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Eight of these large colonies were picked on day 11 and ten additional colonies were picked on day 16 based solely upon their morphology (Fig. 1a and Supplementary Fig. 1). When examined under the fluorescence microscope, no EGFP expression was detectable at day 11, and only one of the ten colonies picked on day 16 showed weak EGFP expression (Supplementary Table 1 online). One of the eight colonies picked on day 11 and four of the ten colonies picked on day 16 gave rise to homogenous, ES cell–like cell lines (Fig. 1b). All five lines initiated Oct4-EGFP expression within 1–3 passages (derived from colonies no. 7, 9, 10, 11, 14; see Supplementary Table 1) and displayed homogenous AP activity as well as SSEA1 and Nanog expression (Fig. 1c–e), as would be expected for fully reprogrammed iPS cells.

Of the remaining colonies that had been picked initially, based on morphological criteria, ten gave rise to heterogeneous cultures containing mainly fibroblast-like cells interspersed with a few ES cell–like colonies (Fig. 1f, Supplementary Fig. 2a online and Supplementary Table 1). We investigated whether these heterogeneous cultures would yield additional iPS cell lines upon further passaging. For this we picked three ES cell–like colonies from each of five mixed cultures derived from the initial outgrowths and successfully established five additional iPS cell lines within 2–3 passages (these subcloned iPS lines were derived from the initial colonies no. 1, no. 5 and no. 8; see Fig. 1f–j,m and Supplementary Tables 1 and 2 online). To test whether the observed heterogeneity was a result of partly incomplete reprogramming or contamination by nonreprogrammed fibroblasts, we separated the EGFP positive and negative cells from clone no. 8 and the heterogeneous subclone no. 8.2 by fluorescence-activated cell sorting (FACS). Southern blot analysis demonstrated that the two cell populations had a similar pattern of c-myc proviruses and thus are derived from the same parental cell (Supplementary Fig. 2g). This suggests that the reprogramming process depends on stochastic epigenetic events and yields subclones with different biological characteristics. From the picked subclones that did not generate pluripotent iPS cells, three (6.1, 6.2 and 6.3; see Supplementary Tables 1 and 2) displayed an altered morphology (small cells, tightly grown colonies) but remained Oct4-EGFP negative over multiple passages and displayed no staining for AP, SSEA1 or Nanog, suggesting that these cells were not pluripotent (Supplementary Fig. 2h–j). The occurrence of ES marker–negative cells was rare, and these cells displayed subtle morphological differences from ES or true iPS cells, such as the shape of colony boundaries (compare Supplementary Fig. 2h–j,k). Because the cells were infected with all four retroviruses (Supplementary Fig. 2l), it is possible that the four factors may not have been expressed at the right levels, giving rise to transformed rather than pluripotent cells. For example, high c-myc/Klf4 and insufficient Oct4/Sox2 expression may lead to rapidly growing non-iPS cells, consistent with the notion that the role of Oct4 and Sox2 in the reprogramming process may be suppression of the c-myc- and Klf4-transformed phenotype11.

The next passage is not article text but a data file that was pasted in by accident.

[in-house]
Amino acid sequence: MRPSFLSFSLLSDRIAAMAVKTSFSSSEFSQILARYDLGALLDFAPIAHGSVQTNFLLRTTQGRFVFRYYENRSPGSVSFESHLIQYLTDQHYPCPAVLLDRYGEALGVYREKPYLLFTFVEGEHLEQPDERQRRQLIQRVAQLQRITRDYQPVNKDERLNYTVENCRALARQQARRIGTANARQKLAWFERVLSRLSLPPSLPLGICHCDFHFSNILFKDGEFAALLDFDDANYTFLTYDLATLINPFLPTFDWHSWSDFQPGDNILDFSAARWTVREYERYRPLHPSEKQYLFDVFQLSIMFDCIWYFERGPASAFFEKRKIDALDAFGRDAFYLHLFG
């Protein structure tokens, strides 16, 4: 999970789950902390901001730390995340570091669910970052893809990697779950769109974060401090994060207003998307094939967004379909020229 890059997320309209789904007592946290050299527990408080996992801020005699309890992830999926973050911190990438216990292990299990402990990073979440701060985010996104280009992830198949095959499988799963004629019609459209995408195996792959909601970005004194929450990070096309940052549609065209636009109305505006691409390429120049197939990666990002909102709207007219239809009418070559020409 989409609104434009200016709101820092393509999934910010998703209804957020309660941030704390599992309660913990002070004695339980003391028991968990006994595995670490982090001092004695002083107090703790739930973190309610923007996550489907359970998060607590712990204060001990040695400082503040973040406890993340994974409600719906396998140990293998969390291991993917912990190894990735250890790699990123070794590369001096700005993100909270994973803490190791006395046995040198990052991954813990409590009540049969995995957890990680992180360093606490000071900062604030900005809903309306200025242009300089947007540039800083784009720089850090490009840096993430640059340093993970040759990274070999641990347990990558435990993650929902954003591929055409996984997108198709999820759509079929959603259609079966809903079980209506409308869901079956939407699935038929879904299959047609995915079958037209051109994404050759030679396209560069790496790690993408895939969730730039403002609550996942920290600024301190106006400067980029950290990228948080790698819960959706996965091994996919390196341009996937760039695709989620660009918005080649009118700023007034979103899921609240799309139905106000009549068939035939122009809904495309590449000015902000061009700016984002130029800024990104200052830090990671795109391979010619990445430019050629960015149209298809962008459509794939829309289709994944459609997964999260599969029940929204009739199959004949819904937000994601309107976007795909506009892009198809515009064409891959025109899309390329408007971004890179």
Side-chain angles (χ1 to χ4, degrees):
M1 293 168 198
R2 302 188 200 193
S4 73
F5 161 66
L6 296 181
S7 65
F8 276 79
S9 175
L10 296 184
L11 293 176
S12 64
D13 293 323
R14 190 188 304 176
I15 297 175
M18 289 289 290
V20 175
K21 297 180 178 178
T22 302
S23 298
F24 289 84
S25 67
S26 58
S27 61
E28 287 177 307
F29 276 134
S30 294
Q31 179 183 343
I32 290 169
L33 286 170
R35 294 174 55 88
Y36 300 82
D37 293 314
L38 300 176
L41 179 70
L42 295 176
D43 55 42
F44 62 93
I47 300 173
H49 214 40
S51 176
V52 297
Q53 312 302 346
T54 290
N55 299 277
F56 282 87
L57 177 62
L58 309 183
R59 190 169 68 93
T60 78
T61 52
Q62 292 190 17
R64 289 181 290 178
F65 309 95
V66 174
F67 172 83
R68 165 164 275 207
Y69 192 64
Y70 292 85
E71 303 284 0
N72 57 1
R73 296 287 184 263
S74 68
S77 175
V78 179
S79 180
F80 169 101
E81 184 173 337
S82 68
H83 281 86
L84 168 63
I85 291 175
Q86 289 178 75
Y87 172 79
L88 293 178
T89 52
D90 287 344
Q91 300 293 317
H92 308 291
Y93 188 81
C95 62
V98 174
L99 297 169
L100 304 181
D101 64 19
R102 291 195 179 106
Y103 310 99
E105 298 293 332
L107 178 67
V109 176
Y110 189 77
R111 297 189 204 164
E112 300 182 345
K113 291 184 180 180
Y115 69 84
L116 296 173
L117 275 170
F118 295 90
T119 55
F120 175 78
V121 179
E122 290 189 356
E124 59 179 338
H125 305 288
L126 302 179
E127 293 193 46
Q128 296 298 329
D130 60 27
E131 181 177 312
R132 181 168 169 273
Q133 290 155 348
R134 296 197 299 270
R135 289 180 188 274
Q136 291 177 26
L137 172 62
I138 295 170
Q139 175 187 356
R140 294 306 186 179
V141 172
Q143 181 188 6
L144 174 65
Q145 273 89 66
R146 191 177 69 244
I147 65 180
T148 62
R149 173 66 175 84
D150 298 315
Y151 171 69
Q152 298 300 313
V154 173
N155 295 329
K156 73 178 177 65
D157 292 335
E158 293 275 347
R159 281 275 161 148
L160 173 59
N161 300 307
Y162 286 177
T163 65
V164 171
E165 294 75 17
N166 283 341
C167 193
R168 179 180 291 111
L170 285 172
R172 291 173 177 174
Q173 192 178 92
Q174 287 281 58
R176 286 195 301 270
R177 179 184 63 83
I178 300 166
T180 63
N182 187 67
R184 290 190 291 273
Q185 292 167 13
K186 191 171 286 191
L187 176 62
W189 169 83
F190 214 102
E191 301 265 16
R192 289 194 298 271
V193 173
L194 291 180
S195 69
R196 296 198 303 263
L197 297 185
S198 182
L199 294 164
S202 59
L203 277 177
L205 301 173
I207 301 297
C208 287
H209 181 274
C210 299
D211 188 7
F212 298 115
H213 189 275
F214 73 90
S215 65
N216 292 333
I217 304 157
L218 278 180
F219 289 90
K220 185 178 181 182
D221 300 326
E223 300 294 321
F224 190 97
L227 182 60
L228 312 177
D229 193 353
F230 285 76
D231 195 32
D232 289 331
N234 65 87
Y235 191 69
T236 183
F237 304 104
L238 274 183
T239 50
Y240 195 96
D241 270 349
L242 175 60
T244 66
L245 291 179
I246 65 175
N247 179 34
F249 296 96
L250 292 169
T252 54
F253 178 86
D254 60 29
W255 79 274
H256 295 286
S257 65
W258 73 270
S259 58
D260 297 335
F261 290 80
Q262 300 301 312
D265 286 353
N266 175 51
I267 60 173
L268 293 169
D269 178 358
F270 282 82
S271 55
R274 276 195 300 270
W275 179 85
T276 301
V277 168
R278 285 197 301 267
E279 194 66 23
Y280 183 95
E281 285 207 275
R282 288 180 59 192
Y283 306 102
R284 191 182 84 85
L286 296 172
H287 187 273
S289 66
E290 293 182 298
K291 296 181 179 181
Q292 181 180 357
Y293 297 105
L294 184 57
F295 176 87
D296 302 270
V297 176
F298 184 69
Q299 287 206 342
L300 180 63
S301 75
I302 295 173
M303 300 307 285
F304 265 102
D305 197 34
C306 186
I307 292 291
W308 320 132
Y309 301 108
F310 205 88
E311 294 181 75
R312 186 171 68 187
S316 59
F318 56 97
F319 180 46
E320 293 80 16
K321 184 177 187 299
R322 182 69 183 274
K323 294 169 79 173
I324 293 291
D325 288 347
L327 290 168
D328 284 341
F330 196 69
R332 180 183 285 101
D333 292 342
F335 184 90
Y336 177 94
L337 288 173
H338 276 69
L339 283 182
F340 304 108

All iPS cell lines tested showed EGFP intensity comparable to the Oct4-EGFP ES cells (Fig. 1k,l), consistent with our previous observation that Oct4 protein levels were similar in different iPS cell lines3. To analyze whether the iPS cells isolated by morphological criteria remained phenotypically stable over time, we monitored EGFP fluorescence after multiple passages. The iPS cells exhibited nonvariable and robust Oct4-EGFP expression up to at least nine passages (Fig. 1k). These data clearly demonstrate that stable iPS lines can be efficiently derived without relying on drug selection. Figure 1m summarizes the appearance of EGFP after the initial infection, which is consistent with previous conclusions that the reprogramming is a slow and gradual process3.

We used the fraction of virus-infected input cells and the number of ES cell–like colonies to estimate the efficiency of reprogramming. In a typical experiment, about 100,000 cells were exposed to virus. We determined the fraction of Sox2-, Oct4- and c-myc-infected cells by immunohistochemistry and estimated that about 10% of the cells were infected with all four viral constructs, generating a total of 115 ES cell–like colonies. The efficiency for deriving iPS cells from the number of picked colonies was about 45% (eight iPS cell lines out of 18 picked colonies). Thus, the overall efficiency of reprogramming was estimated to be about 0.5%, which is roughly 5–10 times higher than what has been achieved with the drug-selection approaches2, 3. This supports the hypothesis that the reprogramming process is slow and gradual.